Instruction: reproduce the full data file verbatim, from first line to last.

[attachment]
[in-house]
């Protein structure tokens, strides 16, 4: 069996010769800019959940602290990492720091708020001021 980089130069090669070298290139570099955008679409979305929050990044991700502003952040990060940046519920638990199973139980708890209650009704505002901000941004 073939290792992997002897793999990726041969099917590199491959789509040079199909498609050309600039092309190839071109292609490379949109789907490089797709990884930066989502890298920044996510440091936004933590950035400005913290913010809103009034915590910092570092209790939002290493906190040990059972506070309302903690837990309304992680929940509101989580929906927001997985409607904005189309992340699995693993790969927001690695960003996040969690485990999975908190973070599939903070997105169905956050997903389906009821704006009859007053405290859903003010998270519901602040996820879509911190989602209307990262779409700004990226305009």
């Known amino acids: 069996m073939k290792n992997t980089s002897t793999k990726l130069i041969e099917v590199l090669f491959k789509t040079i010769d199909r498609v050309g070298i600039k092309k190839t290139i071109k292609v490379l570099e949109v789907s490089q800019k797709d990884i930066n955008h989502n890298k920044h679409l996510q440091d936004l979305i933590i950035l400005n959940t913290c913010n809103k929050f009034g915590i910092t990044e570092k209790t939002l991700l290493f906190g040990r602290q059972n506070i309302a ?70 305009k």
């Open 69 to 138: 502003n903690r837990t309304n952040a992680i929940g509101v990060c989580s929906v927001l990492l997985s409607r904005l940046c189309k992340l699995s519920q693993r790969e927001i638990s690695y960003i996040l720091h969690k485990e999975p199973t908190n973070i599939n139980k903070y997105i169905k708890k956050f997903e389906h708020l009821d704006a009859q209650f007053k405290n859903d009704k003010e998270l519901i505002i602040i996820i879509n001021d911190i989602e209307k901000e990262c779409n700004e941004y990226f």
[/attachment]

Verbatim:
[in-house]
């Protein structure tokens, strides 16, 4: 069996010769800019959940602290990492720091708020001021 980089130069090669070298290139570099955008679409979305929050990044991700502003952040990060940046519920638990199973139980708890209650009704505002901000941004 073939290792992997002897793999990726041969099917590199491959789509040079199909498609050309600039092309190839071109292609490379949109789907490089797709990884930066989502890298920044996510440091936004933590950035400005913290913010809103009034915590910092570092209790939002290493906190040990059972506070309302903690837990309304992680929940509101989580929906927001997985409607904005189309992340699995693993790969927001690695960003996040969690485990999975908190973070599939903070997105169905956050997903389906009821704006009859007053405290859903003010998270519901602040996820879509911190989602209307990262779409700004990226305009």
């Known amino acids: 069996m073939k290792n992997t980089s002897t793999k990726l130069i041969e099917v590199l090669f491959k789509t040079i010769d199909r498609v050309g070298i600039k092309k190839t290139i071109k292609v490379l570099e949109v789907s490089q800019k797709d990884i930066n955008h989502n890298k920044h679409l996510q440091d936004l979305i933590i950035l400005n959940t913290c913010n809103k929050f009034g915590i910092t990044e570092k209790t939002l991700l290493f906190g040990r602290q059972n506070i309302a ?70 305009k």
């Open 69 to 138: 502003n903690r837990t309304n952040a992680i929940g509101v990060c989580s929906v927001l990492l997985s409607r904005l940046c189309k992340l699995s519920q693993r790969e927001i638990s690695y960003i996040l720091h969690k485990e999975p199973t908190n973070i599939n139980k903070y997105i169905k708890k956050f997903e389906h708020l009821d704006a009859q209650f007053k405290n859903d009704k003010e998270l519901i505002i602040i996820i879509n001021d911190i989602e209307k901000e990262c779409n700004e941004y990226f």